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How to Make Low-Carb Gravy

Low-Carb Gravy Recipes

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Updated October 16, 2013

Gravy Photo by Vanessa Pike-Russell

Sometimes cooks are in the middle of making a low-carb meal, seemingly with no problems, only to become stumped by gravy. How much carbohydrate is in gravy? Although some commercial gravies have a lot of added starch, it's quite easy to whip up a homemade gravy that works fine for those who are cutting carbs. Here are the basics of gravy-making, with considerations for low-carb eaters.

What is Gravy?

Gravy is a sauce made from the pan drippings of roast meat. If there aren't drippings, it isn't "real gravy" -- it's technically just a sauce.

The 3 Basic Ingredients of Gravy

You can use all kinds of fancy ingredients for gravy, and some of them are delicious, but all you really need are three basic ingredients:
  1. Pan drippings (usually with most of the fat removed)
  2. Liquid (usually stock or broth; milk gravies include some milk)
  3. Thickener

What are "Drippings"?

Drippings are what's left on the bottom of the pan when you're done roasting a piece of meat. They include the fat from the meat, juices left from the meat and vegetables cooked along with the meat (if any), any basting liquid used in the process, and, most importantly, the brown stuff stuck on the bottom of the pan.

The Basic Procedure for Making Traditional Gravy

  1. Remove the meat and vegetables from the roasting pan.
  2. Pour off the drippings, ideally into a fat separator. My favorite one has a strainer on top that sifts out larger pieces.
  3. If you can put your roasting pan on the stove, this is ideal. Heat it and deglaze the pan with chicken broth or stock, stirring to dissolve all the brown bits. If you are using flour to thicken the gravy, add it now, with about the same amount of fat from the drippings as flour. Stir for 1 to 2 minutes (this is to remove the "raw" taste of the flour.)
  4. Whisk in the rest of the drippings (not the rest of the fat, which would make the gravy too greasy). A whisk helps avoid lumps.
  5. Whisk in more broth or stock, if needed. If you want to use alternative thickeners (see below), this is the time to add them.
  6. Bring to a boil. Cook for about 5 minutes -- longer if you want to reduce the gravy more.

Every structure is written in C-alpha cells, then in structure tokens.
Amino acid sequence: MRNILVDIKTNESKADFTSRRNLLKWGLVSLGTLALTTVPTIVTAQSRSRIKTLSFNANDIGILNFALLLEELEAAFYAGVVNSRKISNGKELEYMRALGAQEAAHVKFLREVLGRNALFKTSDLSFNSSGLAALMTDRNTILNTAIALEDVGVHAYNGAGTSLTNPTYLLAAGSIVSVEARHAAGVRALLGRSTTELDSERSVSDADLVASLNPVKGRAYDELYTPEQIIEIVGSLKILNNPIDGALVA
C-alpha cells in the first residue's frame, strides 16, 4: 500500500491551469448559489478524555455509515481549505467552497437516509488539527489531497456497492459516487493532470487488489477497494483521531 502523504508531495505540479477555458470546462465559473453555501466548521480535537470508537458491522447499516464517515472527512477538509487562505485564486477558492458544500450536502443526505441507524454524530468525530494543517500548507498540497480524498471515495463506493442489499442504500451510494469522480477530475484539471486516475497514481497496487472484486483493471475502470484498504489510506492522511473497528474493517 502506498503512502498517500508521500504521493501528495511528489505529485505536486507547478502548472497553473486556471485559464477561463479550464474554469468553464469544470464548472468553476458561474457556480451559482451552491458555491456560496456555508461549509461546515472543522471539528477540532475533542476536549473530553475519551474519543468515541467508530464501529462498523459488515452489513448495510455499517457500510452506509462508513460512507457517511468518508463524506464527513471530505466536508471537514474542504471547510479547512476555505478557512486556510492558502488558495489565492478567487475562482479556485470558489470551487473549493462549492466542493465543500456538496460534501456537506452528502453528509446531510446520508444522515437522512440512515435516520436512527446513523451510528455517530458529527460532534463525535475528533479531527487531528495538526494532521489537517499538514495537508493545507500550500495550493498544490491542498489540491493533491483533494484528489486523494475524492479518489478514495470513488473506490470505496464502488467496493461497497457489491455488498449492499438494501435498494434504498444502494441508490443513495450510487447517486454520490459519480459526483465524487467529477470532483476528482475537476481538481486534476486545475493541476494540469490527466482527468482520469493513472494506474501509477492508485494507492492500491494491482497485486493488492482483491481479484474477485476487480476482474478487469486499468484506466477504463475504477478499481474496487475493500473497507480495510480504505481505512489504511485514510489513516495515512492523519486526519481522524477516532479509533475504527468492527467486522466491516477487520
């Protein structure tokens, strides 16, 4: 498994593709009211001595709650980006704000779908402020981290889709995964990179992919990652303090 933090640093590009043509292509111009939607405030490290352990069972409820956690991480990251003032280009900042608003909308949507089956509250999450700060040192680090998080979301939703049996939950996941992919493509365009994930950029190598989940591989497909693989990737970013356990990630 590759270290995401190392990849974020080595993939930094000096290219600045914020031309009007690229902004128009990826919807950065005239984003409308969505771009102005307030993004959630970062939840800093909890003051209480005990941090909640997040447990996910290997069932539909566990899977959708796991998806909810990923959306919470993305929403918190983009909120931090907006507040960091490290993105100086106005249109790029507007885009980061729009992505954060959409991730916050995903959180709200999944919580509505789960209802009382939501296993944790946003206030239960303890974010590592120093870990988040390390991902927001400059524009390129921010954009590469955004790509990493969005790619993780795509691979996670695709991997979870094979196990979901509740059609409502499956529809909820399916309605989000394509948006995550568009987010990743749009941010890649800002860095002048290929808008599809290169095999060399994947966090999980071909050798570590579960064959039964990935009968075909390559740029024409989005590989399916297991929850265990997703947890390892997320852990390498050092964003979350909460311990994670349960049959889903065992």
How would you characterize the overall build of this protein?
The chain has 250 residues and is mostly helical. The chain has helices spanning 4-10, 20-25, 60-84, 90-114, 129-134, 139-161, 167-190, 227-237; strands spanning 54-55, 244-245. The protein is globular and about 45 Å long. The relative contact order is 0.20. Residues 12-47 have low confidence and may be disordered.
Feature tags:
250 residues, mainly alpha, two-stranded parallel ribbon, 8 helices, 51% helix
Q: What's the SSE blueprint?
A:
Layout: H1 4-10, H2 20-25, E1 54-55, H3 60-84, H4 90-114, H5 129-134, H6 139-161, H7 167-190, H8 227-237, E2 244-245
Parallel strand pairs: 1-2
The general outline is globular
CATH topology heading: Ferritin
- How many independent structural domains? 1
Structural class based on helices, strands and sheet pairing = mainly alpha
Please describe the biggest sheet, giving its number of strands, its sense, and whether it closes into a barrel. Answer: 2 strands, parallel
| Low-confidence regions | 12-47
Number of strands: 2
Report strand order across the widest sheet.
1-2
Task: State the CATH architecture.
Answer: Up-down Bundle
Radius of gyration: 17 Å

The gravy will have some salt and seasonings from the meat, but you may need to adjust amounts.

What About Low-Carb Gravy?

The only potentially problematic part of the gravy for people who are cutting carbohydrates is the thickener. There are a few alternatives here. I have included links to some low-carb gravy recipes around the net using the various thickeners.

Consider just reducing the sauce with no thickener.
This is called "au jus" rather than gravy. The nice thing about gravy is that you don't need as much thickener as some other sauces, since a certain amount of gelatin-like substances are in the drippings. Just boil the sauce down until it is the thickness you want.

Consider whether you really care about the carbs in flour.
One tablespoon of flour will thicken a cup of gravy, and adds 6 grams of carbohydrate. So ¼ cup of gravy thickened with flour has about 1½ grams of carbohydrate. This just might not make that much of a difference when you come right down to it.

But there are alternatives:

 

  • Cornstarch- Cornstarch has a little over 7 grams of carb per tablespoons, and that tablespoon will thicken about 1½ to 2 cups of gravy. The gravy won't be as opaque, and will be glossier.

     

  • Arrowroot - Arrowroot has the same carb count as corn starch, and about a teaspoon will thicken a cup of gravy. Again, the sauce will be clearer and glossier.

     

  • Reduced Cream - Recipes such as this one by George Stella use cream to thicken, and then the mixture is reduced. Cream has 6.6 grams of carb per cup.

     

  • Sour Cream - Some low-carb recipes suggest whisking in sour cream to thicken the gravy, such as this one from Low-Carb Luxury. Sour cream has about 10 grams of carbohydrate per cup.

     

  • Vegetable Gums - Xanthan gum, guar gum, and proprietary products made from them, such as Dixie Diner's "Thick it Up", are thickeners with no carbs (and they contribute fiber). You have to use the plain xanthan or guar gums with care because you can easily go too far and get a sort of slimy mess. If you sprinkle it slowly and stop at the right time, however, gums can be effective.

     

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